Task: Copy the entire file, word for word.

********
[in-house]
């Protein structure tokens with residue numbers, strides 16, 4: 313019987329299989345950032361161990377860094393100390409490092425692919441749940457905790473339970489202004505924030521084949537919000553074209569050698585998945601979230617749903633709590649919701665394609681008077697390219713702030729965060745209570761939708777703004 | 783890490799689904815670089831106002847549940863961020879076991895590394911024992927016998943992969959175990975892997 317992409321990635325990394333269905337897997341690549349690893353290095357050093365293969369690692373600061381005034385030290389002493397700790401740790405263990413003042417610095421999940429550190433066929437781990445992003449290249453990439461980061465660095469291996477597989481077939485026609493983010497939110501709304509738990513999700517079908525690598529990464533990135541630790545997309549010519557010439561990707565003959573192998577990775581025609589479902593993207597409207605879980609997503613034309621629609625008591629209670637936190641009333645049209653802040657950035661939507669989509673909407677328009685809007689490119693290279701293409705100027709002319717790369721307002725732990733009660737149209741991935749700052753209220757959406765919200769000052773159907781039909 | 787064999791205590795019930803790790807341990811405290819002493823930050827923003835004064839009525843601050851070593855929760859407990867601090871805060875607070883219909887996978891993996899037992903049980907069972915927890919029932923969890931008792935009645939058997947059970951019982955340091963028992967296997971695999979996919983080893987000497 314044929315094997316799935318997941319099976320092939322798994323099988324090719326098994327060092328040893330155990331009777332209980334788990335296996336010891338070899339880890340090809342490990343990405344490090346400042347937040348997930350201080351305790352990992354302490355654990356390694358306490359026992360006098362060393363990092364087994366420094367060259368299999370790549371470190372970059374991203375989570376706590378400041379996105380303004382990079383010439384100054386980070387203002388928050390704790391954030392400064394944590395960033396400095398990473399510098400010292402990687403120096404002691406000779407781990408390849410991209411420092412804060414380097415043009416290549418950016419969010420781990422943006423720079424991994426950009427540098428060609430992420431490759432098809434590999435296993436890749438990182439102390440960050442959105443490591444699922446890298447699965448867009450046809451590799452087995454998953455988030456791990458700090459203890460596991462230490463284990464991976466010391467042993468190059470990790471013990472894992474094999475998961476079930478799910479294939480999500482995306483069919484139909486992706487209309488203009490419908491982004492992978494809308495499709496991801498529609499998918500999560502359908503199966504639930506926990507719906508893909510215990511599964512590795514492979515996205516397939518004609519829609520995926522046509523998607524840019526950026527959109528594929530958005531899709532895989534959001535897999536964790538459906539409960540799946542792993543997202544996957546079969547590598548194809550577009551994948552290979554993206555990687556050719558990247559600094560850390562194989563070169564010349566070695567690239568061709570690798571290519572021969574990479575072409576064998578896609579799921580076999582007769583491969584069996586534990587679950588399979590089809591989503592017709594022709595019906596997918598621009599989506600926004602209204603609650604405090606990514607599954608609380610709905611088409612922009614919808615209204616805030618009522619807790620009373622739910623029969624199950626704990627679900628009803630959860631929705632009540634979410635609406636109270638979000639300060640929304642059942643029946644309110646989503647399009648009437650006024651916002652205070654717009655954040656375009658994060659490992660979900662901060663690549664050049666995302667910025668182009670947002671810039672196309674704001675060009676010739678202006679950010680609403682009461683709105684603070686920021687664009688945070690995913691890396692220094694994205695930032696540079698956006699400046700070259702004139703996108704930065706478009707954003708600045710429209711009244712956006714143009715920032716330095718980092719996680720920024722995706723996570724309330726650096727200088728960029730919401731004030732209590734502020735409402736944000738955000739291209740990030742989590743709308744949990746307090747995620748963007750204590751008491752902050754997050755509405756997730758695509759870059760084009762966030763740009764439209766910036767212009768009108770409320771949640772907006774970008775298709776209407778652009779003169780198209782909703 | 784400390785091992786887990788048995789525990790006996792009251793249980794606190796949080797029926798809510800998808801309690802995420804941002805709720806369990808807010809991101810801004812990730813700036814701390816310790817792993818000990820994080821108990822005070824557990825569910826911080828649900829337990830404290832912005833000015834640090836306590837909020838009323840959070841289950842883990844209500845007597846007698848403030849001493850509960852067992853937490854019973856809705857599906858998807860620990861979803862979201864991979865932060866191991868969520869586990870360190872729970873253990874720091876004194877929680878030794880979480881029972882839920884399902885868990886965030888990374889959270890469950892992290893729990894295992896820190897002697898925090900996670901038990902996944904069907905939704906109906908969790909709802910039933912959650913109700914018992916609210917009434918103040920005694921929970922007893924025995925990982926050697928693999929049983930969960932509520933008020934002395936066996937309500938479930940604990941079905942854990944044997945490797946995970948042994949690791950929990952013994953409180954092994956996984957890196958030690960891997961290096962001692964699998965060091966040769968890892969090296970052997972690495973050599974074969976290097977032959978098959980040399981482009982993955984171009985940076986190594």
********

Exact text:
[in-house]
């Protein structure tokens with residue numbers, strides 16, 4: 313019987329299989345950032361161990377860094393100390409490092425692919441749940457905790473339970489202004505924030521084949537919000553074209569050698585998945601979230617749903633709590649919701665394609681008077697390219713702030729965060745209570761939708777703004 | 783890490799689904815670089831106002847549940863961020879076991895590394911024992927016998943992969959175990975892997 317992409321990635325990394333269905337897997341690549349690893353290095357050093365293969369690692373600061381005034385030290389002493397700790401740790405263990413003042417610095421999940429550190433066929437781990445992003449290249453990439461980061465660095469291996477597989481077939485026609493983010497939110501709304509738990513999700517079908525690598529990464533990135541630790545997309549010519557010439561990707565003959573192998577990775581025609589479902593993207597409207605879980609997503613034309621629609625008591629209670637936190641009333645049209653802040657950035661939507669989509673909407677328009685809007689490119693290279701293409705100027709002319717790369721307002725732990733009660737149209741991935749700052753209220757959406765919200769000052773159907781039909 | 787064999791205590795019930803790790807341990811405290819002493823930050827923003835004064839009525843601050851070593855929760859407990867601090871805060875607070883219909887996978891993996899037992903049980907069972915927890919029932923969890931008792935009645939058997947059970951019982955340091963028992967296997971695999979996919983080893987000497 314044929315094997316799935318997941319099976320092939322798994323099988324090719326098994327060092328040893330155990331009777332209980334788990335296996336010891338070899339880890340090809342490990343990405344490090346400042347937040348997930350201080351305790352990992354302490355654990356390694358306490359026992360006098362060393363990092364087994366420094367060259368299999370790549371470190372970059374991203375989570376706590378400041379996105380303004382990079383010439384100054386980070387203002388928050390704790391954030392400064394944590395960033396400095398990473399510098400010292402990687403120096404002691406000779407781990408390849410991209411420092412804060414380097415043009416290549418950016419969010420781990422943006423720079424991994426950009427540098428060609430992420431490759432098809434590999435296993436890749438990182439102390440960050442959105443490591444699922446890298447699965448867009450046809451590799452087995454998953455988030456791990458700090459203890460596991462230490463284990464991976466010391467042993468190059470990790471013990472894992474094999475998961476079930478799910479294939480999500482995306483069919484139909486992706487209309488203009490419908491982004492992978494809308495499709496991801498529609499998918500999560502359908503199966504639930506926990507719906508893909510215990511599964512590795514492979515996205516397939518004609519829609520995926522046509523998607524840019526950026527959109528594929530958005531899709532895989534959001535897999536964790538459906539409960540799946542792993543997202544996957546079969547590598548194809550577009551994948552290979554993206555990687556050719558990247559600094560850390562194989563070169564010349566070695567690239568061709570690798571290519572021969574990479575072409576064998578896609579799921580076999582007769583491969584069996586534990587679950588399979590089809591989503592017709594022709595019906596997918598621009599989506600926004602209204603609650604405090606990514607599954608609380610709905611088409612922009614919808615209204616805030618009522619807790620009373622739910623029969624199950626704990627679900628009803630959860631929705632009540634979410635609406636109270638979000639300060640929304642059942643029946644309110646989503647399009648009437650006024651916002652205070654717009655954040656375009658994060659490992660979900662901060663690549664050049666995302667910025668182009670947002671810039672196309674704001675060009676010739678202006679950010680609403682009461683709105684603070686920021687664009688945070690995913691890396692220094694994205695930032696540079698956006699400046700070259702004139703996108704930065706478009707954003708600045710429209711009244712956006714143009715920032716330095718980092719996680720920024722995706723996570724309330726650096727200088728960029730919401731004030732209590734502020735409402736944000738955000739291209740990030742989590743709308744949990746307090747995620748963007750204590751008491752902050754997050755509405756997730758695509759870059760084009762966030763740009764439209766910036767212009768009108770409320771949640772907006774970008775298709776209407778652009779003169780198209782909703 | 784400390785091992786887990788048995789525990790006996792009251793249980794606190796949080797029926798809510800998808801309690802995420804941002805709720806369990808807010809991101810801004812990730813700036814701390816310790817792993818000990820994080821108990822005070824557990825569910826911080828649900829337990830404290832912005833000015834640090836306590837909020838009323840959070841289950842883990844209500845007597846007698848403030849001493850509960852067992853937490854019973856809705857599906858998807860620990861979803862979201864991979865932060866191991868969520869586990870360190872729970873253990874720091876004194877929680878030794880979480881029972882839920884399902885868990886965030888990374889959270890469950892992290893729990894295992896820190897002697898925090900996670901038990902996944904069907905939704906109906908969790909709802910039933912959650913109700914018992916609210917009434918103040920005694921929970922007893924025995925990982926050697928693999929049983930969960932509520933008020934002395936066996937309500938479930940604990941079905942854990944044997945490797946995970948042994949690791950929990952013994953409180954092994956996984957890196958030690960891997961290096962001692964699998965060091966040769968890892969090296970052997972690495973050599974074969976290097977032959978098959980040399981482009982993955984171009985940076986190594």